Runner-up, and it’s a close one: Star Wars: Battlefront
Best multi-player game:
See above, for basically the same reason.
Most addictive game:
I found that of all the games that I played in 2015, the one that I was most addicted to was Axiom Verge. I played and beat it over the course of about three days. I’m a little embarrassed by how much I played it in a short span – I came home from work, took off my shoes and played until about 1:00am. It’s a game that didn’t frustrate me as I was playing it and when I failed at a task, it was easy for me to get back into it and try again. It didn’t feel like a chore; it’s been less than three weeks and I could probably start the game up again and play it through. The whole “gotta replay it right away” thing hasn’t happened to me in a very long time.
My dirty little secret game (which game were you most ashamed of liking?):
I suppose that Helldivers has to be that game, as I constantly talk about how much I hate multiplayer games, and yet here I am, with more hours in Helldivers than a lot of other games. But it does adhere to my rule – I only play with people I can punch in real life. And even if I do play with random internet strangers, it’s at least a cooperative game.
Best handheld / mobile game
Most of the handheld games that I played in 2015 that are worth discussing here were released earlier. The best one that I played this year was Steamworld Dig from 2013, but that wasn’t even the best handheld game I played that year (that honour goes to The Legend of Zelda: A Link Between Worlds). I played a short amount of Lara Croft GO and I think that that needs to take the top honour. Last year, my pick for this category was Hitman GO, so I guess that Square Enix really knows what they’re doing in this regard!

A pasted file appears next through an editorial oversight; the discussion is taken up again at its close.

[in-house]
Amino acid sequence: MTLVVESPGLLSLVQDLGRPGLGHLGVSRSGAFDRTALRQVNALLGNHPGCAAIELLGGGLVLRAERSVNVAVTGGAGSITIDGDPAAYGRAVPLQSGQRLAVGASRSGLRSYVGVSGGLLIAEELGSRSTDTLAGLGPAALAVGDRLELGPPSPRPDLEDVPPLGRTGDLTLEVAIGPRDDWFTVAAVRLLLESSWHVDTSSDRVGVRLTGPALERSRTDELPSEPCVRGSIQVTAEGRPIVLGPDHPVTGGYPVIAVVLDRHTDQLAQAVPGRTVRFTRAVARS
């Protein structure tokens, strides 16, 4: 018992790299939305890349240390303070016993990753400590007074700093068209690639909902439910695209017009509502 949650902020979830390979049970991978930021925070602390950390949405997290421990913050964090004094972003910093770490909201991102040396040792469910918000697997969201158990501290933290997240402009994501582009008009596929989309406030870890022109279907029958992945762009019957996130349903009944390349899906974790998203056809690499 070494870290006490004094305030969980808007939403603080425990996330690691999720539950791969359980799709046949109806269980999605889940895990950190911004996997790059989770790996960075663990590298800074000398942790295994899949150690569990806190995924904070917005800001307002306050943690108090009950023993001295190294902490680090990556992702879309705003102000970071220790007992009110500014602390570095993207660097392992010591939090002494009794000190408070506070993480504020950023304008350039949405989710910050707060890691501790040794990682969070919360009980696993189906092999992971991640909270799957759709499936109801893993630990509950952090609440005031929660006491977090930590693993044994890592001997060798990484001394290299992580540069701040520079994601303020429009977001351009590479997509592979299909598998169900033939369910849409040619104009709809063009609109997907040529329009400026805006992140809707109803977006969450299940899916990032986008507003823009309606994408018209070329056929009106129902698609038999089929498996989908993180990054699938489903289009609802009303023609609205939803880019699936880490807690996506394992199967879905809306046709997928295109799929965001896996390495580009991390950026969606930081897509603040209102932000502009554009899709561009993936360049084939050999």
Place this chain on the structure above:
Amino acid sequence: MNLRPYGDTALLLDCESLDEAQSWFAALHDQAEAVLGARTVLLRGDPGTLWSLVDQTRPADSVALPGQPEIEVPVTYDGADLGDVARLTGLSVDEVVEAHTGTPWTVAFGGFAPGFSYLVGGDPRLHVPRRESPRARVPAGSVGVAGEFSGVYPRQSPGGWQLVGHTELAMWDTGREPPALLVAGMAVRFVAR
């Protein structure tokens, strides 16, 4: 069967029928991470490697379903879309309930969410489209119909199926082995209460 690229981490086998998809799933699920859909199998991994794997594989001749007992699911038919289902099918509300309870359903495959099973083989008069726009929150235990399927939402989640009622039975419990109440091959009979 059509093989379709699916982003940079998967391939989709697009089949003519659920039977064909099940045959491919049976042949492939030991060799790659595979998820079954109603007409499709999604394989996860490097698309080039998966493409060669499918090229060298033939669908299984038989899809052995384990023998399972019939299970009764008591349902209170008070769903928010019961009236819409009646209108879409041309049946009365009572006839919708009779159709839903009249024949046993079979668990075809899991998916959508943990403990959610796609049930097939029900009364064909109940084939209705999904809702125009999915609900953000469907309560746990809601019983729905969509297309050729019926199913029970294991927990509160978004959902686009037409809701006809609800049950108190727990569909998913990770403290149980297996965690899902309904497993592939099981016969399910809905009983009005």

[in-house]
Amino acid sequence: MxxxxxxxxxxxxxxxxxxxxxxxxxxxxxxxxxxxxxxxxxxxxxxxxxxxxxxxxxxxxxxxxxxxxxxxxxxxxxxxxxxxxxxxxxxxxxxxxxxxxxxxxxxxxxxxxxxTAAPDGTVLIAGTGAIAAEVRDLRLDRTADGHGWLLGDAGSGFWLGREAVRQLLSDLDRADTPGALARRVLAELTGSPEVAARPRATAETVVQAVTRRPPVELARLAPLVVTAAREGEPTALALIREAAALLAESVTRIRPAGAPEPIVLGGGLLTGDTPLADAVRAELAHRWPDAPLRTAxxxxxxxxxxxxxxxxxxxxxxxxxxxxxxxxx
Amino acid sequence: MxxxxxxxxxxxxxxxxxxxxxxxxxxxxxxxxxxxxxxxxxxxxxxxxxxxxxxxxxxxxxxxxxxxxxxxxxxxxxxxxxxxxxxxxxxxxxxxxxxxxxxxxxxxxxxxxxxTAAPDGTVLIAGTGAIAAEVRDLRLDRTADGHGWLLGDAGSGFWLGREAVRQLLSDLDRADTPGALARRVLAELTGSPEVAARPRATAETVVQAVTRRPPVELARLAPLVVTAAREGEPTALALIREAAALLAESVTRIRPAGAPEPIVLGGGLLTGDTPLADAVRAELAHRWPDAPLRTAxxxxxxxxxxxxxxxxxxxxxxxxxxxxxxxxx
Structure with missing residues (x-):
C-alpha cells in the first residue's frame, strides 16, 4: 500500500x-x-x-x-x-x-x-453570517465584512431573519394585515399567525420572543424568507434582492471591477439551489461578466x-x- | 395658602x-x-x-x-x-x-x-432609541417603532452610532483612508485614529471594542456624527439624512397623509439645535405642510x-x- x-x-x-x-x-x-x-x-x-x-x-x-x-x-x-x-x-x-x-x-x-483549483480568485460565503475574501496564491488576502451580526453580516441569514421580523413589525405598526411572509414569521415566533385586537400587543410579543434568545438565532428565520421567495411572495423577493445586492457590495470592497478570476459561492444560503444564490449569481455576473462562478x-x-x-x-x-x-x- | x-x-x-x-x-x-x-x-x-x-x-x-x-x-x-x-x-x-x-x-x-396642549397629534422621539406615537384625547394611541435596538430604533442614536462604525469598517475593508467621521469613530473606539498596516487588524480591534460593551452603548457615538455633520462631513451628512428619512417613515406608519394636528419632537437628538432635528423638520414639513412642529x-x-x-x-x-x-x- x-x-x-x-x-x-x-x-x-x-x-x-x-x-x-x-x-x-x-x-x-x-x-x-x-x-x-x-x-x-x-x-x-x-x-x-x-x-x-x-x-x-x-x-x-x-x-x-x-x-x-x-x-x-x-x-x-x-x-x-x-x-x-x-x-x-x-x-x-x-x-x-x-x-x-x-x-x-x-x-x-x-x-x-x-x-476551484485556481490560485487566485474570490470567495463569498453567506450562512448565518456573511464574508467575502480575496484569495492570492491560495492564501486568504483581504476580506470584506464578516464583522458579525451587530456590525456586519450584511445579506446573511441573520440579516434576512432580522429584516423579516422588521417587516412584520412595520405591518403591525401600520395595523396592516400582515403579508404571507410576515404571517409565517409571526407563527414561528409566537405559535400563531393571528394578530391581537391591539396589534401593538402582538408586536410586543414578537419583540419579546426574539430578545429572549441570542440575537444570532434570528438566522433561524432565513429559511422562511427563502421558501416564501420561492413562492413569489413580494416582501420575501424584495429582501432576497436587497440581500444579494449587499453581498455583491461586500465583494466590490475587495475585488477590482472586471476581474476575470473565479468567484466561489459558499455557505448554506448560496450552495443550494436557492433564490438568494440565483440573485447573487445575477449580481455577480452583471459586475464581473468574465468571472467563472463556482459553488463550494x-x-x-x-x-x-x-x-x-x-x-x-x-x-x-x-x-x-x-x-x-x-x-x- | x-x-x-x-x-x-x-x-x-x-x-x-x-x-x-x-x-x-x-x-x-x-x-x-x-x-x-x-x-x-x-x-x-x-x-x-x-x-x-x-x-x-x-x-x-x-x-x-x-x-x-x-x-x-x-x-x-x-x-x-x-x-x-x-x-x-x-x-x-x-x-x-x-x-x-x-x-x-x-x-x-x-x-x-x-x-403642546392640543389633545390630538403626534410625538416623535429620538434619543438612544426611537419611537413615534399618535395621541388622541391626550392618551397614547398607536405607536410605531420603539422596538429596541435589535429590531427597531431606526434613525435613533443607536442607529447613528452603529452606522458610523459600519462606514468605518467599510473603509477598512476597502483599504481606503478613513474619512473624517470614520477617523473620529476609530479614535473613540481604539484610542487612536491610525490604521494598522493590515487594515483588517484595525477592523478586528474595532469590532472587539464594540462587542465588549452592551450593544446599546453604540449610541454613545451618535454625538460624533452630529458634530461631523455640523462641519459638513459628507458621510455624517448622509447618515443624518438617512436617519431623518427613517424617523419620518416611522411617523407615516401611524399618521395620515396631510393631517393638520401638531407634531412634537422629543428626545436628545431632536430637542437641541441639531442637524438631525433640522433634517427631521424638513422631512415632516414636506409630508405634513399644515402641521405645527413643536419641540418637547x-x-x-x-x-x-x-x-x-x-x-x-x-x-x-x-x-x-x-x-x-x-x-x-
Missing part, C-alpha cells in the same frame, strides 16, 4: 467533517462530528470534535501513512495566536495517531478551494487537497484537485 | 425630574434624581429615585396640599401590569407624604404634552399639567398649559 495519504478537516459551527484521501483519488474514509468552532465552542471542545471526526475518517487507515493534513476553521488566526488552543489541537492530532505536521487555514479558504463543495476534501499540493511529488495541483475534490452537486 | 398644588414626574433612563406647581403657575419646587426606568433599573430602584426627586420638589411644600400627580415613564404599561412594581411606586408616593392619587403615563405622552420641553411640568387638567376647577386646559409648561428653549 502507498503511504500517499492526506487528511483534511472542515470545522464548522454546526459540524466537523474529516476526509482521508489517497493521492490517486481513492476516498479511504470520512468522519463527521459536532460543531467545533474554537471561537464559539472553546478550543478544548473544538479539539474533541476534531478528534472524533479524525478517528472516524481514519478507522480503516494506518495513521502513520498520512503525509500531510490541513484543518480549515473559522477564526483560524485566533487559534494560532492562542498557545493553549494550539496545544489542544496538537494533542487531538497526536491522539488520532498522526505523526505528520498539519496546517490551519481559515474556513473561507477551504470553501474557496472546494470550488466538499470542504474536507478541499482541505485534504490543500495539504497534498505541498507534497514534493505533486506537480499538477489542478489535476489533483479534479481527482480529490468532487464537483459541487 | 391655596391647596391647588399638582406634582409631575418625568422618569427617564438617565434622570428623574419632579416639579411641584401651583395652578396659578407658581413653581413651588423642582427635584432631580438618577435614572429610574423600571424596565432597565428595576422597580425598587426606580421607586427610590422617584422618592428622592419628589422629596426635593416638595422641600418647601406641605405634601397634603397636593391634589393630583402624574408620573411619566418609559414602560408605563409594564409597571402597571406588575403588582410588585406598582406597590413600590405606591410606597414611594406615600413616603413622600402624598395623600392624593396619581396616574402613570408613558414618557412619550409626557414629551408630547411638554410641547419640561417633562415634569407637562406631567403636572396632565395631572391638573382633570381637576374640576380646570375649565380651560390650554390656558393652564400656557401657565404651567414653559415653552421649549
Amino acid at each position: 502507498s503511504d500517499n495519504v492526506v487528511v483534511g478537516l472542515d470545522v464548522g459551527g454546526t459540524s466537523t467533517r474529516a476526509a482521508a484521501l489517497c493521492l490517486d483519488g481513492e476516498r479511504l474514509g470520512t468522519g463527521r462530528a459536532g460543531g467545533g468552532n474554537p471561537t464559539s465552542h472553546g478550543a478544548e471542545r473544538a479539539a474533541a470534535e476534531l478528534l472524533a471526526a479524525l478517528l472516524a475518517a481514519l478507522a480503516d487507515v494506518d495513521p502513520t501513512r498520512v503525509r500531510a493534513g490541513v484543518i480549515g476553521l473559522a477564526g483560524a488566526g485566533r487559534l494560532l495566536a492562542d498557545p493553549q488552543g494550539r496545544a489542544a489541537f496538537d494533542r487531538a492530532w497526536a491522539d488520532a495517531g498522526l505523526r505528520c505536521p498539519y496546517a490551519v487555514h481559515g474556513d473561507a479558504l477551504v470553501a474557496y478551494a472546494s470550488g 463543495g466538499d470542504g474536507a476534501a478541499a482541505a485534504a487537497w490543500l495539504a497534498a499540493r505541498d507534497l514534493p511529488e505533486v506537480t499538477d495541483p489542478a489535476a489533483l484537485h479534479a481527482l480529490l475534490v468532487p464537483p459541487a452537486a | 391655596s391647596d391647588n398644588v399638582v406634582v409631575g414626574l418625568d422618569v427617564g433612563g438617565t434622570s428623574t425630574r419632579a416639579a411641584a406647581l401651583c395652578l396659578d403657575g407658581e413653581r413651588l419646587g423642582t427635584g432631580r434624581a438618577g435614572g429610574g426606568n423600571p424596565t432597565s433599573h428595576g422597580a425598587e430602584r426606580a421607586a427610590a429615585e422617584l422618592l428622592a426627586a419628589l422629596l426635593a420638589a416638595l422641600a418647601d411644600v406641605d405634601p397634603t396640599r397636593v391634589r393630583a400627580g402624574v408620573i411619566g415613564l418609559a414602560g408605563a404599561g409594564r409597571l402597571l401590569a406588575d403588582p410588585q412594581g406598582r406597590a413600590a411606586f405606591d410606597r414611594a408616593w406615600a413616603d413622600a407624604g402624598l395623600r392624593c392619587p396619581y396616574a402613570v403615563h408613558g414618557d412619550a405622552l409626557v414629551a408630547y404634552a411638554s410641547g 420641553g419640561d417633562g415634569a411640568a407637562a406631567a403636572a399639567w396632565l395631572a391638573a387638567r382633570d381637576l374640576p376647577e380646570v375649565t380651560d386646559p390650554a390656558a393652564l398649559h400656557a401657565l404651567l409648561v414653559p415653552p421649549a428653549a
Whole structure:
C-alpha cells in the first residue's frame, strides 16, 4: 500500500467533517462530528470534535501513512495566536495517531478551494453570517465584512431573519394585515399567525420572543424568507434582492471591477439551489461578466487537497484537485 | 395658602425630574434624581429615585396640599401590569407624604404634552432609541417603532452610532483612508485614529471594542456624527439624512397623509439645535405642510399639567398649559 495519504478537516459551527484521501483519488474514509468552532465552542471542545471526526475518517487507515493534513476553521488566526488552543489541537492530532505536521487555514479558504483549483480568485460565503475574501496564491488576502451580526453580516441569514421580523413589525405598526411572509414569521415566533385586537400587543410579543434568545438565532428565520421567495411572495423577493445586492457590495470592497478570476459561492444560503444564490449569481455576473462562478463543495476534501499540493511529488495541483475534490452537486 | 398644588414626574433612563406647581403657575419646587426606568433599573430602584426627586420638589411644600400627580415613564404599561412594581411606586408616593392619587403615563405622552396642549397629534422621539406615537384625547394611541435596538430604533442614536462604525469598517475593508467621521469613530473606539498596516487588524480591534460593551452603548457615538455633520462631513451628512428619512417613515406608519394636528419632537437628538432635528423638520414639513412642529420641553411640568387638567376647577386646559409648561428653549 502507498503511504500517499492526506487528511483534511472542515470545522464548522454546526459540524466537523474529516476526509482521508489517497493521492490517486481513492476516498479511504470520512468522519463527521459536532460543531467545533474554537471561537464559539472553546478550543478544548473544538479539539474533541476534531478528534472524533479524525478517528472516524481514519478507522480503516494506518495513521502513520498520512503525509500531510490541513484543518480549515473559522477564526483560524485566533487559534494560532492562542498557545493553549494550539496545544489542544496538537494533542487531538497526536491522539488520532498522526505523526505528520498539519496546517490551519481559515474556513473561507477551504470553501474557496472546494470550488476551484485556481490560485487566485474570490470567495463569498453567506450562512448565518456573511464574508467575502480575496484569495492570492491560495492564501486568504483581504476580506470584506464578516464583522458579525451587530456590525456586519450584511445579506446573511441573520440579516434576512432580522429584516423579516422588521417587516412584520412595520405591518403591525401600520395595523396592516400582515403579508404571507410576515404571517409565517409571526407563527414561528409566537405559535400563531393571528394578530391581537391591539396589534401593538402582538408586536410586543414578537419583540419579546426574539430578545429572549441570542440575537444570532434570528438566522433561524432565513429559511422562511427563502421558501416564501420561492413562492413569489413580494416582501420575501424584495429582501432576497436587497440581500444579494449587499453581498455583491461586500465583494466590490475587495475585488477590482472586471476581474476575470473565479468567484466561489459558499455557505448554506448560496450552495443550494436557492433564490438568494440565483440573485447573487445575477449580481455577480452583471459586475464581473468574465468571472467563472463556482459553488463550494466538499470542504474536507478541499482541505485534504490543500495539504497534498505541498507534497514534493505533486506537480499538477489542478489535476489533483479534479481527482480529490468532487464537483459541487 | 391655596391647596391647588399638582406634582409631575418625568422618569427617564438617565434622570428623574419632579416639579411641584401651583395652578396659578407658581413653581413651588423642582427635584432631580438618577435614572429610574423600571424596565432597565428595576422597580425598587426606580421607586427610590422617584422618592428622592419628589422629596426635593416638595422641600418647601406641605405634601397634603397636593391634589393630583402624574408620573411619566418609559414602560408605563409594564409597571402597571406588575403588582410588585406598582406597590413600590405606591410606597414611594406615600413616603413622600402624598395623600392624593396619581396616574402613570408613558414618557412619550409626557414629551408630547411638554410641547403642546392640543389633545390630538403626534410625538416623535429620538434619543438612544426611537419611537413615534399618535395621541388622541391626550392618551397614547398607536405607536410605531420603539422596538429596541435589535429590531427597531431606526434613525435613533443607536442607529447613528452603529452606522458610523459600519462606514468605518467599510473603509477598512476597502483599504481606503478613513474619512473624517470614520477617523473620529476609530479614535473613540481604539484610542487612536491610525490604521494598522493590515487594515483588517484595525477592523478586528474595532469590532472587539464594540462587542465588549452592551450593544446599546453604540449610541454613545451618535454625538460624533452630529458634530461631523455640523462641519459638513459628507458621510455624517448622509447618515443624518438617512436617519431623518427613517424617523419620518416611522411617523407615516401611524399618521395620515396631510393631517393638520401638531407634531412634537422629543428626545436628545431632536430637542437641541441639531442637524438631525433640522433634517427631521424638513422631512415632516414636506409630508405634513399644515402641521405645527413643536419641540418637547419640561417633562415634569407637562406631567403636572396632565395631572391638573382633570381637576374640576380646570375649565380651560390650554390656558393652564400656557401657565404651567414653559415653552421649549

Runner-up: Puzzles and Dragons Z for 3DS. It’s a fascinating RPG with match-3 combat elements. Weird, but strangely compelling!
The 3rd Annual Wall Punch Award (which game made you so frustrated that you wanted to throw a controller or punch a hole in a wall?):
This one has to go to Axiom Verge. While I was never at risk of damaging my drywall, there were a few moments in this game that drove me absolutely crazy. There are times in the game where it’s not entirely clear that you were supposed to progress in the manner that you did. That gets frustrating later on when you see areas that you can’t reach by regular jumping or movement, and it makes you wonder if you can actually get up there at this point or not.
Axiom Verge is an incredible game, but by creating such an homage to Super Metroid, Tom Happ is also inviting criticism for not being as good as Super Metroid. I don’t want to sound harsh because I did really like the game, but it is rough around the edges and does not flow anywhere near as well as Super Metroid, which is the gold standard not only for this type of game, but all games in general.
Trying to get the second injector power-up in Edin took a lot longer than I wanted it to. Movement wasn’t fluid and it felt almost like I was glitching the game. “Glitching” is a very strong theme in AV, but not being able to tell when you’re doing something right and doing something because you’ve played the game in a way it wasn’t meant to be played is not good game design.
Best Game I played this year (can be a game released from any year, but that you played this year):
A bumper crop this year. I’m looking at the list of games I played for the first time this year that I could consider the “best game I played*”, and there’s some meat to it: